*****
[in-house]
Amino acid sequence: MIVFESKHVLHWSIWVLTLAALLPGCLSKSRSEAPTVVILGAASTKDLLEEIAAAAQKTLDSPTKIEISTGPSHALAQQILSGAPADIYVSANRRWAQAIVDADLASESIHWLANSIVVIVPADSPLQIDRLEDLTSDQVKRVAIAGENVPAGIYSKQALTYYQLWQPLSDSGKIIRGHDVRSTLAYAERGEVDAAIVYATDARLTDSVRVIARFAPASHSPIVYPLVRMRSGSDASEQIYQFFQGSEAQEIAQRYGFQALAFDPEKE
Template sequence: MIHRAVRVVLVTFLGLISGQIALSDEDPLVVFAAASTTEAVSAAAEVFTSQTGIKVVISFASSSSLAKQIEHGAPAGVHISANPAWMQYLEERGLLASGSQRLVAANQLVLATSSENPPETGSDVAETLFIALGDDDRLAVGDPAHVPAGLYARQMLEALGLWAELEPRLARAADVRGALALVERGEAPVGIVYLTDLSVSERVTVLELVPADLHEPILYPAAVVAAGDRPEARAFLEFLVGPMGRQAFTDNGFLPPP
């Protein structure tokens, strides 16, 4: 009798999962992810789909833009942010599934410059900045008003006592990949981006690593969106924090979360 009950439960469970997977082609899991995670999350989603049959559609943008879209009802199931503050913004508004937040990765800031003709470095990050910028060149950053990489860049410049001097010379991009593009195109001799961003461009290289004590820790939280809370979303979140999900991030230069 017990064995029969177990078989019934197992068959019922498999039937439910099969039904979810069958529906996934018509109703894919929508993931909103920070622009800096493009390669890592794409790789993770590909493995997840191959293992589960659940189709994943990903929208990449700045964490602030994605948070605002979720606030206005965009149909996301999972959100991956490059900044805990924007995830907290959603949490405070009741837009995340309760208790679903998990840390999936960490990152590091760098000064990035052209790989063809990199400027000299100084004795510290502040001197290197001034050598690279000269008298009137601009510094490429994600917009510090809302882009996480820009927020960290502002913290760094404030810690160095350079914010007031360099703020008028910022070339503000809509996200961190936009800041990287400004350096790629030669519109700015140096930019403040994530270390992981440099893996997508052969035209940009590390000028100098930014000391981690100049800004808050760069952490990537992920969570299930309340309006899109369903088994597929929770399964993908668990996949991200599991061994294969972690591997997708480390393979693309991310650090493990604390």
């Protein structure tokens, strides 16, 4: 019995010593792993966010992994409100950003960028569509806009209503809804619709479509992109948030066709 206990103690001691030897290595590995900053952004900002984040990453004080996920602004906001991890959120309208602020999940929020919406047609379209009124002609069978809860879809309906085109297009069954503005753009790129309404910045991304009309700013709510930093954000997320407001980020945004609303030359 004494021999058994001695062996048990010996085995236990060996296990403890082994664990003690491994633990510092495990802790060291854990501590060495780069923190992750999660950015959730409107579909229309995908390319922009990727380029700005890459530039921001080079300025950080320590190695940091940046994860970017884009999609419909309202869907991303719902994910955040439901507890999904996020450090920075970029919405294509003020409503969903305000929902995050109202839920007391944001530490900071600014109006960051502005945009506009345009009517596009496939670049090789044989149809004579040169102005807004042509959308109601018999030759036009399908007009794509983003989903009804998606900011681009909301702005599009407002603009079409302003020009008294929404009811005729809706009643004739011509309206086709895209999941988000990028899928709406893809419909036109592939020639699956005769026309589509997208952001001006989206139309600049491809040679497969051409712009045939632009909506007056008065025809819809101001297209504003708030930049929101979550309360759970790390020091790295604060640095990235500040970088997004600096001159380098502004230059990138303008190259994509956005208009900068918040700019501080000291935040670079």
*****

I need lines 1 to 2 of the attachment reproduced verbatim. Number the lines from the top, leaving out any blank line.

[in-house]
Amino acid sequence: MIVFESKHVLHWSIWVLTLAALLPGCLSKSRSEAPTVVILGAASTKDLLEEIAAAAQKTLDSPTKIEISTGPSHALAQQILSGAPADIYVSANRRWAQAIVDADLASESIHWLANSIVVIVPADSPLQIDRLEDLTSDQVKRVAIAGENVPAGIYSKQALTYYQLWQPLSDSGKIIRGHDVRSTLAYAERGEVDAAIVYATDARLTDSVRVIARFAPASHSPIVYPLVRMRSGSDASEQIYQFFQGSEAQEIAQRYGFQALAFDPEKE